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What what be the right set up for an Art Centre

What might be the best structure (Company, Charity etc) for a local Art Centre

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Client has asked I about the best structure for a joint venture.

He, his sister and a friend are investigating setting up an Arts Centre to give young people access to good quality art education. They are also thinking of setting up a Foundation dedicated to their parents as a vehicle to manage the funding of the Centre and tuition for young people.

They have asked what might be the best structure to set up to manage all of this, e.g. charity, company, trust, foundation, association.

To be honest I really don't know

Wonder if anyone could help with some ideas on this so I can point them in the right direction

Replies (7)

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By jonharris999
23rd Sep 2020 15:14

There are lots of considerations here and will be happy to discuss privately.

I would always start with the over-arching strategic objective: for-profit, or not? (short-term and long-term)

If for-profit, then apply broadly the same considerations for sole trader vs Partnership/LLP vs Ltd Co as you would for any other enterprise.

If not-for-profit, then if it is to be of any size, company limited by guarantee and regd charity is usually the way to go because it opens up so many more long-term funding doors than smaller structures.

If ambition is more limited or uncertain, then choose various smaller versions of this, accept the fundraising limitations for the time being, and plan to upgrade later.

Lots more considerations but that's a nutshell.

And....great good luck.

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By WhichTyler
23rd Sep 2020 15:24

This is useful

And yes, being clear about the objectives and purpose, and discussing them with a lawyer, is critical

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Cloud Computing
By ngaccounts
23rd Sep 2020 16:23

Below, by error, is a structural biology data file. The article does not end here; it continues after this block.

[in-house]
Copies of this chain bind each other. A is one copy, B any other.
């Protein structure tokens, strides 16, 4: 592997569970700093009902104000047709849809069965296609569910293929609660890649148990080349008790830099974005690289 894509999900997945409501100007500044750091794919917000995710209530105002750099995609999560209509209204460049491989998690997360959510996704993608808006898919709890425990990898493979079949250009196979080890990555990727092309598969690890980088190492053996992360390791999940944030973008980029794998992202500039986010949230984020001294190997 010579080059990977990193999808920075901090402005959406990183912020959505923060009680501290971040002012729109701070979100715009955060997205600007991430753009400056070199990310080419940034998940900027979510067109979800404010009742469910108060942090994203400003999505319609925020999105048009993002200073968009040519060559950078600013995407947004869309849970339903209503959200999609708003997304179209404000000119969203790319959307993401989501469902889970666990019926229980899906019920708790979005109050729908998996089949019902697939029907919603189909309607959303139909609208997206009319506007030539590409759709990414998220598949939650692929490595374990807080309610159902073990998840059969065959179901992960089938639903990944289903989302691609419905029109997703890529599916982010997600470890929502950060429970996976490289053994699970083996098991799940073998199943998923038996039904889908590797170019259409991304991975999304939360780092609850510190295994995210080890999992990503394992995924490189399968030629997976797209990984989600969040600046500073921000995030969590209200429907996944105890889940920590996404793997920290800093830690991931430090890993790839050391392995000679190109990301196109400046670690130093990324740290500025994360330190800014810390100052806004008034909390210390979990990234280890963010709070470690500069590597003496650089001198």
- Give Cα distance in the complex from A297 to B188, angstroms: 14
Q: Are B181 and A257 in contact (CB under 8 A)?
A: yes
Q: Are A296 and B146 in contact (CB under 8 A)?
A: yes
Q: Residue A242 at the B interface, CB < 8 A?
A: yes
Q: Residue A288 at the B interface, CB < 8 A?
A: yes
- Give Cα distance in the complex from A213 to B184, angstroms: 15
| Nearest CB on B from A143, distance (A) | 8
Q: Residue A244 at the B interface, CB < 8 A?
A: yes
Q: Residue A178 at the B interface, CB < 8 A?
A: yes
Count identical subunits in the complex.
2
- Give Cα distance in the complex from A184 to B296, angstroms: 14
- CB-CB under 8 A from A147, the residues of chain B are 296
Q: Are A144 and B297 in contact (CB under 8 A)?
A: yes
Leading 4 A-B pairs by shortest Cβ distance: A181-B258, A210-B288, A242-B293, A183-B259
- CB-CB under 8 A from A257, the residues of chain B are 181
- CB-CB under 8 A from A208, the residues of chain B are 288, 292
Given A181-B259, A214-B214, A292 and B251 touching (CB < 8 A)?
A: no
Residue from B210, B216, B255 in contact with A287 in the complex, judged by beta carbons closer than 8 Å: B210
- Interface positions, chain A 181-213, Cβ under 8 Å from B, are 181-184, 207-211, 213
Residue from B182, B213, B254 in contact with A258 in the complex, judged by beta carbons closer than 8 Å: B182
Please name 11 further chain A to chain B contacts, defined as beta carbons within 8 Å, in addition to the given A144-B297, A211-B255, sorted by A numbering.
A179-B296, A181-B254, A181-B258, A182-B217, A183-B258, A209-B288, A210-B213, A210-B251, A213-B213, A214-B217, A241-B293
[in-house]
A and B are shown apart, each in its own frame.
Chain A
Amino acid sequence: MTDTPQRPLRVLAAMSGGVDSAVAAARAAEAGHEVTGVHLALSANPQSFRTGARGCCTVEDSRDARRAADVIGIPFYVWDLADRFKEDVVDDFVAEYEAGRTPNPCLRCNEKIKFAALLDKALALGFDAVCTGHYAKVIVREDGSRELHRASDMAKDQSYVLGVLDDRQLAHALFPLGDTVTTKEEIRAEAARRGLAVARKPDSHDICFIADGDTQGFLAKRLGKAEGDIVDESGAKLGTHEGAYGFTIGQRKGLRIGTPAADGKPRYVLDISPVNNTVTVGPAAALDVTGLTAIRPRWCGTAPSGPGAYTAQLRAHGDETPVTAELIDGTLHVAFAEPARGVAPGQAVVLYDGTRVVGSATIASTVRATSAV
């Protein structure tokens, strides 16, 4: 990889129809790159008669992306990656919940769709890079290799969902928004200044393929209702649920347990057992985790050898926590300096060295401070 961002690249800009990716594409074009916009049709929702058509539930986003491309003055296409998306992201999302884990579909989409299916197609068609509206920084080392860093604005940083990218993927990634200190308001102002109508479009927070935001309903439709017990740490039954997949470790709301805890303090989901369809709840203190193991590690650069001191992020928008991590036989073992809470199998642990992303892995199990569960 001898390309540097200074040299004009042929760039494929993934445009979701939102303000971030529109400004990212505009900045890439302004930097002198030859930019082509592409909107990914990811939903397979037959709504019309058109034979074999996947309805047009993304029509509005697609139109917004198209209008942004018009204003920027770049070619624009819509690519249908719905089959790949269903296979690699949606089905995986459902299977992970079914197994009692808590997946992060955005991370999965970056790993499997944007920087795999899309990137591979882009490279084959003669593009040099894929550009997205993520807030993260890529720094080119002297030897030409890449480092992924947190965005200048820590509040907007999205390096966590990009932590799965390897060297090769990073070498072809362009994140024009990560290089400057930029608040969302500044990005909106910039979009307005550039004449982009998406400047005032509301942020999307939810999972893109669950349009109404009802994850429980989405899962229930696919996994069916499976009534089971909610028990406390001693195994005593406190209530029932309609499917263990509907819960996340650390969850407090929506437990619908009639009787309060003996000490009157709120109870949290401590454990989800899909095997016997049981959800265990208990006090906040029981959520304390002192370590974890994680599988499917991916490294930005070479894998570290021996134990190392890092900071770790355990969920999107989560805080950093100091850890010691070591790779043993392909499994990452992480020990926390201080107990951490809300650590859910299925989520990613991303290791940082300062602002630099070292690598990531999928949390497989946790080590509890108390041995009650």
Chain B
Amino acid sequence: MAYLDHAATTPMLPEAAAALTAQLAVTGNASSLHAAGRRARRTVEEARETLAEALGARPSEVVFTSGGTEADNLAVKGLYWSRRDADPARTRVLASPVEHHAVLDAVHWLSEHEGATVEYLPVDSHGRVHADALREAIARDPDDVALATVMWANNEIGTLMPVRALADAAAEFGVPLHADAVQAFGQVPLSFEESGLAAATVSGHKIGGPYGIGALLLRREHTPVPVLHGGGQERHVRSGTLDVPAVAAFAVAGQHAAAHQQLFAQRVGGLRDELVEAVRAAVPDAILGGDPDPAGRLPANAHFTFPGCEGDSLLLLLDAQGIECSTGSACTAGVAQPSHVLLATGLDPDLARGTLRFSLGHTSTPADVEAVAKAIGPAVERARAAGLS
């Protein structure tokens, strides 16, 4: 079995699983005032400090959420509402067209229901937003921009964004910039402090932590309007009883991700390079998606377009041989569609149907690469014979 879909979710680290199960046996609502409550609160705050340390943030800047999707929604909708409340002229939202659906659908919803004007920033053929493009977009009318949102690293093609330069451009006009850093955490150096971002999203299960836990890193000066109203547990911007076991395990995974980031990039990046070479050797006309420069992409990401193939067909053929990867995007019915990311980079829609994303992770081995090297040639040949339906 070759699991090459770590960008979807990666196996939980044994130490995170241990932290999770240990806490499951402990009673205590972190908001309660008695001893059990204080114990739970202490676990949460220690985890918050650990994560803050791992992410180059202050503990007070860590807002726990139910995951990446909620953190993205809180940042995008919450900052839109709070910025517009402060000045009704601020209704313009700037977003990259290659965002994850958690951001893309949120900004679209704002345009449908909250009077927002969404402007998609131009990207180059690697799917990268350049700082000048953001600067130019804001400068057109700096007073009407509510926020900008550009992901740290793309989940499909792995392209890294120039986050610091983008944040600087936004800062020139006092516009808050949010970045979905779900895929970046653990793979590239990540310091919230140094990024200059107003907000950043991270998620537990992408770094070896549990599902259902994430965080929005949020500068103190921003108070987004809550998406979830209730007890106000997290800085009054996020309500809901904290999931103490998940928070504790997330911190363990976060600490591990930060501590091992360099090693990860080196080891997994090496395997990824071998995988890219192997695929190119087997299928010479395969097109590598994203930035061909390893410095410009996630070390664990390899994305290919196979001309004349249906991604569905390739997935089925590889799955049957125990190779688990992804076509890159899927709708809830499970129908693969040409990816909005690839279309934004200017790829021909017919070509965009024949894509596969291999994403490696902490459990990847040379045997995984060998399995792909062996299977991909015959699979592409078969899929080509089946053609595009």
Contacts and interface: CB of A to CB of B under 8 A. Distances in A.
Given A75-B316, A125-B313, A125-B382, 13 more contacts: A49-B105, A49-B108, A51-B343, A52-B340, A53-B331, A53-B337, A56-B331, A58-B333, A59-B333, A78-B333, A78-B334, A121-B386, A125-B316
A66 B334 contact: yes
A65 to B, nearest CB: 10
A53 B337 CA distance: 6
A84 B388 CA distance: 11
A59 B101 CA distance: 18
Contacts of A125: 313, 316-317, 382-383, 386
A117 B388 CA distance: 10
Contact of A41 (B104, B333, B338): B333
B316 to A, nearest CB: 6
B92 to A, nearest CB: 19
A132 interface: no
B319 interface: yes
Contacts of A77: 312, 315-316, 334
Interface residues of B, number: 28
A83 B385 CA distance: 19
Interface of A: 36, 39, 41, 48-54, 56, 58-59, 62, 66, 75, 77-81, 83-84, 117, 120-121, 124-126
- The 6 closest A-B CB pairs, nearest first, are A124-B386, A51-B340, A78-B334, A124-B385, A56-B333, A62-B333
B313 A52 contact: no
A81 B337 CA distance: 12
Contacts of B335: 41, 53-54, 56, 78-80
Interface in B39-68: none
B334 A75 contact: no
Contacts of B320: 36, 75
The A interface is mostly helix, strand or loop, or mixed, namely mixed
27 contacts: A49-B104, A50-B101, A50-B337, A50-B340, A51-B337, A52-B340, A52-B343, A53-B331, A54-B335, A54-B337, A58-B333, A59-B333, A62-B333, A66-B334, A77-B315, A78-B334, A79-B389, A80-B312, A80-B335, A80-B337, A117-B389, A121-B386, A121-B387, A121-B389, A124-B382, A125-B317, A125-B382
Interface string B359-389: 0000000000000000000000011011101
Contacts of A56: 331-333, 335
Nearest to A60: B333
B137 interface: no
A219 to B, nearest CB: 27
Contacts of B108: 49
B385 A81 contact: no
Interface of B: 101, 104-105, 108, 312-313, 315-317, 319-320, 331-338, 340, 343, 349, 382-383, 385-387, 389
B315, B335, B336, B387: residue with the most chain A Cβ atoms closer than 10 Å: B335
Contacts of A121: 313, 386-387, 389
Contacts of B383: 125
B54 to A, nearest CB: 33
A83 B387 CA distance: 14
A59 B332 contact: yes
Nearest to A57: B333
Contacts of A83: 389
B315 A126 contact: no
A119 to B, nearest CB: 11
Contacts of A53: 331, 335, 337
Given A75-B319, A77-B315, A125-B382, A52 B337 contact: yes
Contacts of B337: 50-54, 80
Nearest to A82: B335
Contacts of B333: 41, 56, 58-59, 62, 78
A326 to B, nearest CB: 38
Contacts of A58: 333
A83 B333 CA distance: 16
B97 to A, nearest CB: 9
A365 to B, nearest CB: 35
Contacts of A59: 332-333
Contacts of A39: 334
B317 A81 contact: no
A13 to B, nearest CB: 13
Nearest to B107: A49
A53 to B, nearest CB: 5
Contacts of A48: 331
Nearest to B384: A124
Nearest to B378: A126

If not-for-profit, then as above, suspect you'd want to go down company limited by guarantee with registered charity status route. Combines benefits of a company (ltd liability) with benefits of a charity (funding options, gift aid reclaim etc.). Equally there are downsides to a charity so need to be sure that's what you want.

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Scalloway Castle
By scalloway
23rd Sep 2020 16:35

If they expect to be paid for their work then a charity may not be suitable.

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Replying to scalloway:
By jonharris999
23rd Sep 2020 17:02

To an extent that's true, although i) they may not need (or not all need) to be Trustees, and ii) it is not that unusual for arts charities to pay fees to their Trustees, provided that this is permitted by the articles and that various other (quite obvious) stipulations are followed. For a well-managed charity this should not be an obstacle.

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VAT Director
By Jason Croke
25th Sep 2020 08:26

From a VAT perspective, the legal structure may influence the VAT treatment of the supplies made by the organisation.

For example, a limited by guarantee with no distribution of profit in the Articles (ie, not for profit) would see supplies of education being exempt, but if you have a for profit entity or a limited by guarantee that is silent on profit distribution, the supplies of education will likely be standard rated.

HMRC Notice 701/30 section 4.

You don't say whether pupils will pay for the education or if it is funded fully via the clients personal wealth as a grant, but if there are charges made to attend, then this raises the issue of whether VAT is added to fees or not.

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Replying to Jason Croke:
By jonharris999
25th Sep 2020 09:52

That's a good point. There is also the matter of Cultural Exemption for VAT for a charity, which is virtually automatic for most exhibitions, performances etc.

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